PLATTSBURGH — The New York State Division of Consumer Protection is reminding New Yorkers to make informed decisions during the holiday shopping season, including Black Friday and Cyber Monday.

According to the FBI's 2018 Internet Crime Report, New Yorkers rank among the top 10 states claiming a total loss of more than $100 million resulting from cyber-related crimes. Many of the complaints originate from interaction on social media.

“As the holiday shopping season kicks into full gear with Black Friday and Cyber Monday, the opportunities for unsuspecting consumers to fall victim to unscrupulous scammers increase," New York Secretary of State Rossana Rosado said in a news release.

"To stay safe this holiday season, I urge all New Yorkers to follow the helpful tips provided by the Division of Consumer Protection.”

This holiday season, and all year long, consumers are urged to keep the following tips in mind when making purchases:

• Gift cards and gift certificates: When buying a gift card, consumers should make sure the packaging and security seals are intact. Consumers should use caution when buying gift cards from third parties or online auctions, as it is difficult to verify the dollar amount remaining. Consumers should always review the fine print and check for hidden fees or any restrictions on the use of the gift card.

Per New York State law, a gift card cannot expire any earlier than five years from the date of purchase. Likewise, ‘dormancy fees’ for non-use cannot be imposed if the card is used within two years of the purchase date, and any such fees must be waived where the cardholder uses it within three years of the purchase date.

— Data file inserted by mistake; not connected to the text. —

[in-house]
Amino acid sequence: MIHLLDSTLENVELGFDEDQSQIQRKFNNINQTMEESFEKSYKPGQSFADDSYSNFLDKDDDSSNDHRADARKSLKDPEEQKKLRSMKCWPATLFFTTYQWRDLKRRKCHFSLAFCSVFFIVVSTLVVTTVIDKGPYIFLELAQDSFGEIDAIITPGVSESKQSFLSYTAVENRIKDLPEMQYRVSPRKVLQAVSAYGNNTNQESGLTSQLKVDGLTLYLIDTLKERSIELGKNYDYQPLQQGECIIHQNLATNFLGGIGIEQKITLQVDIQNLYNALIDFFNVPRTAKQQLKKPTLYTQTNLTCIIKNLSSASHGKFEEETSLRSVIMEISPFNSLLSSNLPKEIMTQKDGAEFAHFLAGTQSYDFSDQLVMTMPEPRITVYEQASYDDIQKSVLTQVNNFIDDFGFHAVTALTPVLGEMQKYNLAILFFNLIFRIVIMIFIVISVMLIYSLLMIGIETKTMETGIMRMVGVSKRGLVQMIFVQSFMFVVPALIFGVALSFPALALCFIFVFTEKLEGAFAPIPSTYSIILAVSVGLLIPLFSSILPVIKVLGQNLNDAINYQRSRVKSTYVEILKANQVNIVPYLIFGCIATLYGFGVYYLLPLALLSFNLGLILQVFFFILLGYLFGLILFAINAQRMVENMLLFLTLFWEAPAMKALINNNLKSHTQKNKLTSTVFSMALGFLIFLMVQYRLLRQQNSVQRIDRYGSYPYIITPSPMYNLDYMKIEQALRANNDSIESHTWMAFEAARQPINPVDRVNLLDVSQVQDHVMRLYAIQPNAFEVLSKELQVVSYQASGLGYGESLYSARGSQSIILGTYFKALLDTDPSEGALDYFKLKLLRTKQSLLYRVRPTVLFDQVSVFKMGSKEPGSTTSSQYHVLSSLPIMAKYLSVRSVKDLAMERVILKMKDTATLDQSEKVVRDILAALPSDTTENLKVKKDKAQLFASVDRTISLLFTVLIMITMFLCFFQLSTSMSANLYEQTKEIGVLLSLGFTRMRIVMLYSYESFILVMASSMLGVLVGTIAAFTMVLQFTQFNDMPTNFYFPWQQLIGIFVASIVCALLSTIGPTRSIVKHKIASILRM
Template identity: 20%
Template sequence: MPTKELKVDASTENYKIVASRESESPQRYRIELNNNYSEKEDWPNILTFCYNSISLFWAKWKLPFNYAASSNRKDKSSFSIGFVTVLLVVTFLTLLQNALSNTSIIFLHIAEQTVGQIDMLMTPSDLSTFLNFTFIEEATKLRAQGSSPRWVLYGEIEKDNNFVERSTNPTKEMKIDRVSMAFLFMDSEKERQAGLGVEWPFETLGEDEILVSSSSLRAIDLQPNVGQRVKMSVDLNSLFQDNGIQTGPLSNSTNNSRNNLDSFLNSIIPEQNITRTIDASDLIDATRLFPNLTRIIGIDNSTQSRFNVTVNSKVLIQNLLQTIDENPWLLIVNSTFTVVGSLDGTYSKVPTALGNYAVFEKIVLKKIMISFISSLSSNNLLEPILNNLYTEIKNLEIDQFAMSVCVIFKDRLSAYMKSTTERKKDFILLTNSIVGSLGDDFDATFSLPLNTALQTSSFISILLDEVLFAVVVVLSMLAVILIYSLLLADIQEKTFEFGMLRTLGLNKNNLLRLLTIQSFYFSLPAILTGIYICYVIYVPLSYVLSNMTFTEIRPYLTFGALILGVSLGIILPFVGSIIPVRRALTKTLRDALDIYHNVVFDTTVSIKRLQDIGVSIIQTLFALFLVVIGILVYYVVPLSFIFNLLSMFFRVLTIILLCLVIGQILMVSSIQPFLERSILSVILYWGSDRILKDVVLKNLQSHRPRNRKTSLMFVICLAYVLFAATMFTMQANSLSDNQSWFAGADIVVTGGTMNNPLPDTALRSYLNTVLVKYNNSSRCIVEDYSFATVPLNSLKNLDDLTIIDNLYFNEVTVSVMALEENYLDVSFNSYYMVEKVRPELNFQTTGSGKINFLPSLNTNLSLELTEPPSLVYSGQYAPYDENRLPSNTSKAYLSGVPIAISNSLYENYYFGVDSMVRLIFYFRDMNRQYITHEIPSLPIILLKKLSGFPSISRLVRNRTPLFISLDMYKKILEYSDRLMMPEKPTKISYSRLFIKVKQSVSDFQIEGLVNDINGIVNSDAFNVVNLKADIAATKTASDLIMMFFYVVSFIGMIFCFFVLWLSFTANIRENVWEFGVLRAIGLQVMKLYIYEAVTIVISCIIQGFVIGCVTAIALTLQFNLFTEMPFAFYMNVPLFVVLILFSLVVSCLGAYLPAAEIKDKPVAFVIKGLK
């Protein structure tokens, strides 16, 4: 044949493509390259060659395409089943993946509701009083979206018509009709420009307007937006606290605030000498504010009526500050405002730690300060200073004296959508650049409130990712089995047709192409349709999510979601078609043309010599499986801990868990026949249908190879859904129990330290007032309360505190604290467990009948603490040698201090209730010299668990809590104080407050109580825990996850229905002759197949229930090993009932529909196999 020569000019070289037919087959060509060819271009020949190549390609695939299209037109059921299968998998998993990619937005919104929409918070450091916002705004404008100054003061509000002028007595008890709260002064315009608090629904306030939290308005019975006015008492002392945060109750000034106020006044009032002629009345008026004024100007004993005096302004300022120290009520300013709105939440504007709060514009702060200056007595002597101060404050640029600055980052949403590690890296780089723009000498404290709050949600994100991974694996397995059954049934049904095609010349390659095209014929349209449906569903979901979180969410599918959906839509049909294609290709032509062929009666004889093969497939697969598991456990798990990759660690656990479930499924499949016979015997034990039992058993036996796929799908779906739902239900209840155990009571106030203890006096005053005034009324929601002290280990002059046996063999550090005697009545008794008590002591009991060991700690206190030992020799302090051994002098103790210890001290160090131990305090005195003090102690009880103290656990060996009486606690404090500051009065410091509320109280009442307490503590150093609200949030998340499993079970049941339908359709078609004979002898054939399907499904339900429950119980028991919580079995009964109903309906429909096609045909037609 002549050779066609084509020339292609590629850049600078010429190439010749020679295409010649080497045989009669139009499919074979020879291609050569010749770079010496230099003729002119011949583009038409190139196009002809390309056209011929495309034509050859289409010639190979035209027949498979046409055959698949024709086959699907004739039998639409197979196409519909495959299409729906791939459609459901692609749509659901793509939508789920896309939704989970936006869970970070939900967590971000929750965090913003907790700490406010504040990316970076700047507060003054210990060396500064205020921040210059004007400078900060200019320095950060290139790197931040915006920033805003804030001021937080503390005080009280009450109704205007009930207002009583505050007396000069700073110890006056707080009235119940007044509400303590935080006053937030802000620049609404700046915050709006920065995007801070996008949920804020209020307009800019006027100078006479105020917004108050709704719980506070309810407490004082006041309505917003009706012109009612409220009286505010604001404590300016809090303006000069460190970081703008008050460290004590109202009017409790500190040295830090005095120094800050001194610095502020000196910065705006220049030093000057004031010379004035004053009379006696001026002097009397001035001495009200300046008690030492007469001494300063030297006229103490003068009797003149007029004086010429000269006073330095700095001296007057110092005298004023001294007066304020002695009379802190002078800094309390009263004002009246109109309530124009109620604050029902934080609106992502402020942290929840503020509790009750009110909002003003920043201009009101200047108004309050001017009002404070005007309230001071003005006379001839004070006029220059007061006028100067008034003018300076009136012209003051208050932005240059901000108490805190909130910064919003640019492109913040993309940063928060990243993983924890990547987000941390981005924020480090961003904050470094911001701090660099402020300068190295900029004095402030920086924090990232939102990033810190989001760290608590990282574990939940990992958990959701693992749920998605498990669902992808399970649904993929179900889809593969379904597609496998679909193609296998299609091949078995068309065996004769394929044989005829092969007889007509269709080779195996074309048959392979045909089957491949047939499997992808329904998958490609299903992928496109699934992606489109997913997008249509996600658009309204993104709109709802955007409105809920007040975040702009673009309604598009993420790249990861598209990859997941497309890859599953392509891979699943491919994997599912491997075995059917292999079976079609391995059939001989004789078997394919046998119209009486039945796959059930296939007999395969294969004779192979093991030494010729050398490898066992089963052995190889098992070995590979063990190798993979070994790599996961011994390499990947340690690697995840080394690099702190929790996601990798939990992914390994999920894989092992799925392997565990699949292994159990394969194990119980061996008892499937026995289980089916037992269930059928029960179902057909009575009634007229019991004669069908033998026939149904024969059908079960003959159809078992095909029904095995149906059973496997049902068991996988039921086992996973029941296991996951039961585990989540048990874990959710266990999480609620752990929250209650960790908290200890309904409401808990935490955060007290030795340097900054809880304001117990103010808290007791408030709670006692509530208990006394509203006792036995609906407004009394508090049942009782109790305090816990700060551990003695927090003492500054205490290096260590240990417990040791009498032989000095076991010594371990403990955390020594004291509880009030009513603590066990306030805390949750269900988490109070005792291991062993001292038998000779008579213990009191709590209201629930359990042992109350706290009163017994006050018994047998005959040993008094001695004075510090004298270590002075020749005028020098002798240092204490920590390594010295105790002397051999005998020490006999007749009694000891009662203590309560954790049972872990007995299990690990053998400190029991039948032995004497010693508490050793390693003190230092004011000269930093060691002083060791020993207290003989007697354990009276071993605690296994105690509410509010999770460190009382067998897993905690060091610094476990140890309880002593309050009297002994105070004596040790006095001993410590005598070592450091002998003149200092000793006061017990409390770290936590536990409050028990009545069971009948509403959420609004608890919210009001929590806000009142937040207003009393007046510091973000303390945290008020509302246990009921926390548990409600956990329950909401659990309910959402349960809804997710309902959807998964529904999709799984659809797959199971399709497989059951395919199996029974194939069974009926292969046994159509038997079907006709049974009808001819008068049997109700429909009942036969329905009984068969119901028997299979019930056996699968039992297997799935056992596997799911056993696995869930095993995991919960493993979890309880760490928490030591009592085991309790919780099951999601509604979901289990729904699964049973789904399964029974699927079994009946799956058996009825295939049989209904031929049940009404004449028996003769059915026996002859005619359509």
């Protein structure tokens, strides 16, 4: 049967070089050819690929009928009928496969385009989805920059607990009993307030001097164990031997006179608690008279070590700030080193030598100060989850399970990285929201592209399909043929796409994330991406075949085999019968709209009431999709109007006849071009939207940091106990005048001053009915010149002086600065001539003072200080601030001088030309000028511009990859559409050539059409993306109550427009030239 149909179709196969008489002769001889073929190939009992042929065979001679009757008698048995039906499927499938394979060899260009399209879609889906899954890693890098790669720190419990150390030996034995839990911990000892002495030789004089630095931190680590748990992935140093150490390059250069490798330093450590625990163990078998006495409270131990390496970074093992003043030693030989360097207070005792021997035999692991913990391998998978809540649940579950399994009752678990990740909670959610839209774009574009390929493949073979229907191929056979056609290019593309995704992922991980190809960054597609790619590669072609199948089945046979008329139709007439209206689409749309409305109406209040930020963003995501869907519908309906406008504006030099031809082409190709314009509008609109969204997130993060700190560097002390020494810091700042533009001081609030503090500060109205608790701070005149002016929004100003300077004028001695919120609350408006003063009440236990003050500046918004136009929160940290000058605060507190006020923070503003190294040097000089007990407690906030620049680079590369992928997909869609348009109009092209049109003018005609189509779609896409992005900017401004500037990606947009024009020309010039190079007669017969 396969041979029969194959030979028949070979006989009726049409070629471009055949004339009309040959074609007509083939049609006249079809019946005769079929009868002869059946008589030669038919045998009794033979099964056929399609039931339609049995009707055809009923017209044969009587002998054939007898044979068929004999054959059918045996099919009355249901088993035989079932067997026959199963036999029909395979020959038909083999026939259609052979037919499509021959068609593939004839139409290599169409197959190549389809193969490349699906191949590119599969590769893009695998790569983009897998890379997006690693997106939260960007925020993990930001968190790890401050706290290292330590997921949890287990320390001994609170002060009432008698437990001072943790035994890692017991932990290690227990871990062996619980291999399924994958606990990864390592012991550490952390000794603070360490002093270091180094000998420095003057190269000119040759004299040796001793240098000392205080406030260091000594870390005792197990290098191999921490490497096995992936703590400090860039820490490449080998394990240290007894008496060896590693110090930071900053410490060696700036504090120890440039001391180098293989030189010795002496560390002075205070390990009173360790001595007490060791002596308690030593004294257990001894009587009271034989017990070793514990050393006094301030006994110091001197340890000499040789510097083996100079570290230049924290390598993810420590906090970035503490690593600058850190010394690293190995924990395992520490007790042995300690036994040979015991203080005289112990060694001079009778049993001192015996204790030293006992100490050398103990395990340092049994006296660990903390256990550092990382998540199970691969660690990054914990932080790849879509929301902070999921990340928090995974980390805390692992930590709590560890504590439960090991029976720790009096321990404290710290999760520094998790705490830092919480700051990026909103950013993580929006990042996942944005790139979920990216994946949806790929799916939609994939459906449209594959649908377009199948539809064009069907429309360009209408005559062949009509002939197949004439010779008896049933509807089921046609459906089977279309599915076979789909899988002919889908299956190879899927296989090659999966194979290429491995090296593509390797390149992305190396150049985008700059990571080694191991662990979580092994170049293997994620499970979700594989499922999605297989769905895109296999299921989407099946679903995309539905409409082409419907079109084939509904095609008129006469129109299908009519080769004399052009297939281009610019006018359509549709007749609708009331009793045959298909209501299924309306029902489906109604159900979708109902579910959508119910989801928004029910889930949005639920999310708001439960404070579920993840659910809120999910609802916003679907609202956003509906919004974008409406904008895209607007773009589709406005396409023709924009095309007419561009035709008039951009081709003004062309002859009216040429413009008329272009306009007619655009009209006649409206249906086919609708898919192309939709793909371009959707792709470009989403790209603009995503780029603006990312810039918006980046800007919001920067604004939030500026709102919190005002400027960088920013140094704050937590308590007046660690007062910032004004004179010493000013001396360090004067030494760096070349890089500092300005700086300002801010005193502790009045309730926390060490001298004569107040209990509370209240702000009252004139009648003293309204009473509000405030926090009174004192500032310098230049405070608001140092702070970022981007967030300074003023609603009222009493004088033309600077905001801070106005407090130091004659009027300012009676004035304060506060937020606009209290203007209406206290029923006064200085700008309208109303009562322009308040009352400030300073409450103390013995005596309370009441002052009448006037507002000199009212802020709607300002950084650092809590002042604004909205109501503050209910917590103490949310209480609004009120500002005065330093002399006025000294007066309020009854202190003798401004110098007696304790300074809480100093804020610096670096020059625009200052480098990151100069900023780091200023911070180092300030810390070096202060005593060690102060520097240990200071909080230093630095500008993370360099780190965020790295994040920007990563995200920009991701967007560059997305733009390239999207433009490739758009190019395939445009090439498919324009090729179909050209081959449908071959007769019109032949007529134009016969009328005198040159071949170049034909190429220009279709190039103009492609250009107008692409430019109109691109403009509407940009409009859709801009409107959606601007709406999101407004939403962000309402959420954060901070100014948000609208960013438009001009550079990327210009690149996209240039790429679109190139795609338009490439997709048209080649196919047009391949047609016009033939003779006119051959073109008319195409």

Consumers should be particularly cautious about callers claiming to be from the government or utility company saying that an overdue bill or federal debt can be paid with a gift card. No one from the government, utility companies, or the police would ask for payment via gift card.

• "Big Ticket” items: When purchasing big ticket items, consumers should look for and review warranty coverage on the specific item. Consumers should also check the stock availability at the store. It’s also important for consumers to review the financing options carefully.

As consumers comb retail advertisements, they should take note of the fine print and the quantity of the product available at the advertised price, as well as whether rain checks are available.

• Layaway plans: Layaway plans vary by store. Consumers should make sure they read all terms in the contract and have their questions answered regarding the payment schedules, refund policies and penalties for missing a payment before moving forward with a layaway purchase. A copy of the contract and a record of payments should be retained by the consumer.

• Refund and return policies: Consumers should review a store’s refund policy before considering a purchase. If the store does not post a return policy, the law requires the store to accept a return within 30 days of purchase, with proof of purchase. Consumers should retain receipts in the event gifts need to be returned. Shoppers should inquire whether the store imposes a re-stocking fee for returned merchandise and determine prior to purchase if the item can be returned for a refund or store credit only.

• Credit cards: Holiday purchases may cost consumers more than what is on their receipt. The Division of Consumer Protection urges consumers to track their spending, be cognizant of credit card limits and stick to a realistic budget. Consumers should verify receipts and reconcile them against their statement.

In addition, consumers are cautioned against using their credit card for cash advances, as fees and interest on such transactions are higher than for credit card purchases. Consumers should always review monthly credit card statements carefully to ensure they are being billed for the correct dollar amount.